Spending time with the real China
The last Saturday in Zibo ended up not being a free day but instead a day to meet Chinese families. Unfortunately, like almost everyone on the trip I’m sick.
Thankfully, it’s nothing more than a stuffy nose and sore throat but no matter how I feel today, we spent time with the real China. Early this morning, we were paired up in boy girl groups to each go to one local SDUT student’s house.
My partner was Michelle Ni — the only high school student in our group, who is also an American-born Chinese girl and as a person who looks just like the people we are here to visit; she is a topic of interest for many people here. They expect her to speak Chinese, and some can’t understand how she could be an American.
The common belief here is that all Americans are Caucasian with blonde hair and blue eyes, so for a few people in our group they have to explain that America is a melting pot of many races and they are in fact Americans.
Michelle and I walked with our new friend Paul to his penthouse on the top floor of a nearby apartment complex. It was a shock just how nice his home was. They had two floors to themselves with use of the building’s roof too.
He and his family live a privileged life when compared to the rest of Zibo. He will be traveling to Bloomsburg next year for school, which will be a huge jump for him having never left his country before.
His mother made us a great lunch and even made some vegetarian food in consideration of my meatless lifestyle choice. Overall his home is very much the same as any person in America.
His parents both work and have their own car with enough space in their home for all the normal American essentials, TV, computers, leisure area. The only hint that we were in China was the thick haze covering most of the city outside the penthouse windows.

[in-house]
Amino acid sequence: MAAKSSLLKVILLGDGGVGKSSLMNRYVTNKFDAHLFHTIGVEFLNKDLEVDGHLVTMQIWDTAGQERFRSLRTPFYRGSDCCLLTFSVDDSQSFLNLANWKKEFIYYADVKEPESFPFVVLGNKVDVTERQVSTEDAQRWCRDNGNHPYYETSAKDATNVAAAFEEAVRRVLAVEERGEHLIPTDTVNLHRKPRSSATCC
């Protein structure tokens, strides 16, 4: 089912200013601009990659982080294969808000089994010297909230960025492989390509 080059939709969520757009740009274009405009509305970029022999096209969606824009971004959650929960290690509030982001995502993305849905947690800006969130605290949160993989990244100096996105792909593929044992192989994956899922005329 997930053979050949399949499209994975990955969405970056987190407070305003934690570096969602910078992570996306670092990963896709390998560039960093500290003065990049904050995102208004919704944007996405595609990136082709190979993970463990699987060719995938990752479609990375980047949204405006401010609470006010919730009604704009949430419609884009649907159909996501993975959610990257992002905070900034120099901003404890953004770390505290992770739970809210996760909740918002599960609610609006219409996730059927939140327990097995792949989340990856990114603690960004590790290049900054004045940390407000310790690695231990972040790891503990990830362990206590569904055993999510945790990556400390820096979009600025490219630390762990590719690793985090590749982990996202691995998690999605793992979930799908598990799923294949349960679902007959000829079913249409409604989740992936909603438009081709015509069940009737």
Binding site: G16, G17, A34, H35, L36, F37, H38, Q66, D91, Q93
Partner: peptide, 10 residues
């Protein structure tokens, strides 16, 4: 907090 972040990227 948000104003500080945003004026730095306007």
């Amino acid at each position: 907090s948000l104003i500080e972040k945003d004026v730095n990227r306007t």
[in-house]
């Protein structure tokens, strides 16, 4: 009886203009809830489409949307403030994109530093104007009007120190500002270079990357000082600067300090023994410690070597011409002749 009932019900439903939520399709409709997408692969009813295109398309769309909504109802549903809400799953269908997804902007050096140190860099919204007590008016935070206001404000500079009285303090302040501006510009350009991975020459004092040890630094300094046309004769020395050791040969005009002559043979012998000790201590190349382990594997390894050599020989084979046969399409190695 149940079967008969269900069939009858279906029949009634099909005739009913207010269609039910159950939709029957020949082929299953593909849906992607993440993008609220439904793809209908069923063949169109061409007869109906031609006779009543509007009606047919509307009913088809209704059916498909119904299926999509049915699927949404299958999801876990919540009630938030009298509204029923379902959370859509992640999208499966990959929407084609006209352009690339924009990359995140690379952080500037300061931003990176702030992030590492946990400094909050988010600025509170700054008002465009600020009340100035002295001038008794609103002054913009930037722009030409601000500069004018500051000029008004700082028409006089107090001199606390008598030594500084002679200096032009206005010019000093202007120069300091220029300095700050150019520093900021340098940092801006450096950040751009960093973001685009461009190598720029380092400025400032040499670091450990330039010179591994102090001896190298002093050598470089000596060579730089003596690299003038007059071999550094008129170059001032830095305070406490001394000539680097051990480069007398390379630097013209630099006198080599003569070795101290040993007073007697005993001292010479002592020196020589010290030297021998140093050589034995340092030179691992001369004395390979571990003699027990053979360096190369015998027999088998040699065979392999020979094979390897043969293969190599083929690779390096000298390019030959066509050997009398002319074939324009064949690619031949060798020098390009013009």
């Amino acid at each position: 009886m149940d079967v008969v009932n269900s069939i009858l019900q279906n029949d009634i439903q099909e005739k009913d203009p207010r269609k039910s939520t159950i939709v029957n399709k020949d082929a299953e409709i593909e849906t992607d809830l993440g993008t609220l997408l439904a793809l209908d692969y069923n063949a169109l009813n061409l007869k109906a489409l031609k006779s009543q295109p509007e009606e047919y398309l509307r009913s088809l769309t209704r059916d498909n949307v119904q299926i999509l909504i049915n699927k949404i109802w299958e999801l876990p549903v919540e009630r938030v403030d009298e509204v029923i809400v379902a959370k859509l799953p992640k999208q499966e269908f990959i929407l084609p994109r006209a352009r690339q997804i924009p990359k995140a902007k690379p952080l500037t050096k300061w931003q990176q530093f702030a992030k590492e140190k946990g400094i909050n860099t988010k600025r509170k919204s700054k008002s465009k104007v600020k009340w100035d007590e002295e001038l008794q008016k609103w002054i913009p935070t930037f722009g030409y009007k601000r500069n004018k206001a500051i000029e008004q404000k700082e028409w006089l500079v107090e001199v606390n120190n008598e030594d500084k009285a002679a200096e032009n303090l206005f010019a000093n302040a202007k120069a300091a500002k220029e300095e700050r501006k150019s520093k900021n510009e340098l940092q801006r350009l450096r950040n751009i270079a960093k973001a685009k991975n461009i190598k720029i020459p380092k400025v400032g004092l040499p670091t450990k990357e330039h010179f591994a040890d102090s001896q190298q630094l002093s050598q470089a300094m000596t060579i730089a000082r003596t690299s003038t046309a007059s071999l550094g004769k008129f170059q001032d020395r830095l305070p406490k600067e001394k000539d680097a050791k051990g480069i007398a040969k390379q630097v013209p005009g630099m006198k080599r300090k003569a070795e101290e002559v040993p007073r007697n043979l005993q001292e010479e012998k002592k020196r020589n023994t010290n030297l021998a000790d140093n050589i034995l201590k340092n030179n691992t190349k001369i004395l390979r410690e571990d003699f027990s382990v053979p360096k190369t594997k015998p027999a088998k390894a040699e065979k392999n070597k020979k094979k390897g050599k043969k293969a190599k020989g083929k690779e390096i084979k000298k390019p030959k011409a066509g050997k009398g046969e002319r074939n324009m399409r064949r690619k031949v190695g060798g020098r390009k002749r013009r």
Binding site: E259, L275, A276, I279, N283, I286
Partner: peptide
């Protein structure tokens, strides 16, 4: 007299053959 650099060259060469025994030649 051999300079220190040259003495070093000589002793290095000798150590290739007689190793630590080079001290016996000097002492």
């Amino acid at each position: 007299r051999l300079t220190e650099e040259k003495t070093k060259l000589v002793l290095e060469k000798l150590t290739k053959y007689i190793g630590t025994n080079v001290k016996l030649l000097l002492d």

Ben the helper
The people I’ve met here have all been extremely friendly to me and have a genuine desire to hear what I have to say and make me feel at home.
Ben, one of my closer Chinese friends and I frequently talk about things such as religion, politics, and getting to know each other’s culture better. Ben is always willing to help a friend in need.
Just about everybody in our group has been treated by some Chinese pill from Ben’s collection for something from a stomach problem to a sore throat. A few nights ago Ben dropped by to check in on us, and I had mentioned my throat was feeling scratchy and in no time he disappeared only to reappear a few minutes later with all sorts of pills and instructions on how I can get better.
He’s an amazing kid and not just because of how kind he is. He is very intelligent and has a better understanding about world politics than most American’s. He has described the situation in his country very clearly to me even with his limited English vocabulary.
His ideas on voting and freedom of expression are different than ours but he still makes great talking points.
— Morris Longo, a sophomore business management major